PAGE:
In 1987, when the film ‘Roxanne‘ opened, comedian Steve Martin’s sweet-spirited updating of ‘Cyrano de Bergerac’ was greeted with delight by American critics. Martin won a best screenplay award from the Writers Guild and a best actor award from the National Society of Film Critics.
Cyrano, of course, is the swashbuckler who mocks his own proboscis more inventively than any enemy can. He’s the swordsman who deftly dices an opponent’s outfit with his rapier while composing a witty poem on the spot. He’s a delight, sans doute — even as his heart secretly aches for the beautiful but uninterested Roxanne.
All of which is just what Martin does in the film. So what’s not to like?
Yet the French – quelle surprise – the French were completely baffled. Martin’s cinematic Cyrano doesn’t die in the end. C’est incroyable. He doesn’t die after he also doesn’t spend 15 years faithfully hiding his love from Roxanne because it would spoil her idealized image of the dead Christian, the young dolt-cadet she actually loves. He’s the young cadet who’s so language-challenged Cyrano has to sound out his love letters for him.
So in France, Martin’s film received some dismissive Gallic shrugs at our American obliviousness. We completely missed the play’s essential, chivalric gesture, the one that seals Cyrano’s fate as grand and foolish and self-sacrificing. Without the heartbreak, without the end-of-life realization by both Cyrano and Roxanne that they’ve been blind about who’s loved whom and why – without that, the story lacks the idealistic martyrdom that makes his entire lifetime of wisecracks and unrequited love truly galante.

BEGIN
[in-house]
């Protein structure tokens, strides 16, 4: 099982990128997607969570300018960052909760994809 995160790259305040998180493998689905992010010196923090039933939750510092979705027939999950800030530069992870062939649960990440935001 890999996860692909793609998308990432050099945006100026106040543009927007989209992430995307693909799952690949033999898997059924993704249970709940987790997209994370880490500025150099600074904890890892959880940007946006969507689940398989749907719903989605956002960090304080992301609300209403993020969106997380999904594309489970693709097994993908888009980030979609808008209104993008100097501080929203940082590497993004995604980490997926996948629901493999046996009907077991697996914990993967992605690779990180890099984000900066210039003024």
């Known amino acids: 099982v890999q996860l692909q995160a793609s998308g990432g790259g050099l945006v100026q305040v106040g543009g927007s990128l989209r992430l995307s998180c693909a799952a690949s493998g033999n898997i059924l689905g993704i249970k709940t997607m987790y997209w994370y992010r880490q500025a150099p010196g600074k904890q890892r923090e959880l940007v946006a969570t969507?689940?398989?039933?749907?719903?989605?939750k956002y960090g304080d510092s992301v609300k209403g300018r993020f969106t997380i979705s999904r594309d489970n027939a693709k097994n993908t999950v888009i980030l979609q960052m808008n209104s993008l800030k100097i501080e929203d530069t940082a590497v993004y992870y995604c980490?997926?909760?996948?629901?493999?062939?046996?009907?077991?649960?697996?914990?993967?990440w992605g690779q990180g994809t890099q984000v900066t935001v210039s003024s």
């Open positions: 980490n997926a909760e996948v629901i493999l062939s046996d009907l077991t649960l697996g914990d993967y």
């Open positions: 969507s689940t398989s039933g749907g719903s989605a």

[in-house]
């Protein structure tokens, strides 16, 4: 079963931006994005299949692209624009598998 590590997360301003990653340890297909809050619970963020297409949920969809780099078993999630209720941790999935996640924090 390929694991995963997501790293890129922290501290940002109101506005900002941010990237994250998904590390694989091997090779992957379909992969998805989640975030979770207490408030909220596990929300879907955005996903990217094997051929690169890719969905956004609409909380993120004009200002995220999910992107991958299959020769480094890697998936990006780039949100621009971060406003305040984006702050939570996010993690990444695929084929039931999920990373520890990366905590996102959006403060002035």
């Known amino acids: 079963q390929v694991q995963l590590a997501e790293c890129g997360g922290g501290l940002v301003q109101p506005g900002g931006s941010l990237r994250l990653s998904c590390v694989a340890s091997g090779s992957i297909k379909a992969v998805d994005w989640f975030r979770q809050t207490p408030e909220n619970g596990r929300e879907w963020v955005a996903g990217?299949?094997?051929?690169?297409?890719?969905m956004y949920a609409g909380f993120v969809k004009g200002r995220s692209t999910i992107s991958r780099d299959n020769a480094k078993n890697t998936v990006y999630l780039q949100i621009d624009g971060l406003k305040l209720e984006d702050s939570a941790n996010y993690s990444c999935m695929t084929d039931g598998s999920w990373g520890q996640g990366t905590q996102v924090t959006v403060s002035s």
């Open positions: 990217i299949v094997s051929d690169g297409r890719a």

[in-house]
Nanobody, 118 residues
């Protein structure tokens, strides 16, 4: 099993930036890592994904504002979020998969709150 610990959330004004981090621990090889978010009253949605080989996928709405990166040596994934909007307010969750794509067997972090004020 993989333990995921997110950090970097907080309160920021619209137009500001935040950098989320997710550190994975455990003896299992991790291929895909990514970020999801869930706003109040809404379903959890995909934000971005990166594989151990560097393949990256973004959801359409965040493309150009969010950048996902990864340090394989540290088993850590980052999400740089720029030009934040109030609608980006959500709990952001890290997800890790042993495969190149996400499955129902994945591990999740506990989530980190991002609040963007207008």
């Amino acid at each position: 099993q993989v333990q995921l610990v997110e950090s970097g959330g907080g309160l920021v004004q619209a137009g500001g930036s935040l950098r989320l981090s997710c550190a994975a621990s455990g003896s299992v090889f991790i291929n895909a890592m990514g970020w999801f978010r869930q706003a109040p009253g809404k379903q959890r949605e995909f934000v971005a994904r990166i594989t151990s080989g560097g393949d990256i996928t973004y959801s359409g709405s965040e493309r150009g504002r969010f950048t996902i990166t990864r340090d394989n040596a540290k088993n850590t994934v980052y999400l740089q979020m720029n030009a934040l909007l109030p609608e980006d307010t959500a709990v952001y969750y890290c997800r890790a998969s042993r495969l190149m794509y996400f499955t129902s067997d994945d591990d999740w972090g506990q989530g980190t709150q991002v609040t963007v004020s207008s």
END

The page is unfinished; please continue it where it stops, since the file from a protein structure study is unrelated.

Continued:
For its season opener, Amphibian Stage Productions is offering the world premiere of a new adaptation of ‘Cyrano’ by Jason O’Connell and Brenda Withers, and no worries, it does include that dying, sentimental flourish from our hero. But it hardly includes everything else, either – because it’s not designed to. Playwright Edmund Rostand’s play may be a giant crowd-pleaser, but this version is a pocket-watch ‘Cyrano,’ geared down to just five actors and the basic plot machinery of the play.
Which is a shrewd idea. As an idea, at any rate. Rostand’s 1897 play is often called a warhorse and a giant crowd-pleaser. But it’s really not staged that often: In more than 50 years, the Dallas Theater Center has presented it precisely once (whereas they’ve staged that heart-stirring romp, ‘Julius Caesar,’ six times).
That’s because ‘Cyrano’ can be epic, a grand opera without the arias. Rostand lists more than 40 roles in his cast of characters – not including the unnamed brigades of “cadets” and “pastry cooks.” The last, large-caliber ‘Cyrano’ I sat through (an outdoor version) boasted 27 actors and seemed intent on slogging through every minute of the Siege of Arras – where the historic Cyrano actually fought in 1640.
So instead, O’Connell and Withers created one of those stripped-down and updated classics. These modern-dress shows – most often of Shakespeare plays – aim to offset their bare-bones budgets with a ‘theatricality-of-necessity.’ Actors fill out different roles by donning and dropping accents or wigs. Especially if the original play is a comedy, whole scenes are reduced to an exchange of quips, obvious stage devices are employed with a wink. Such adaptations proudly show us that, lacking gargantuan sets or spectacular costumes, the theater still has still plenty of amusing toy a production can employ to convey a play’s meaning. Condensing can heighten the comic pressures and pleasures.
And if done well, it can still wound our hearts in the bargain.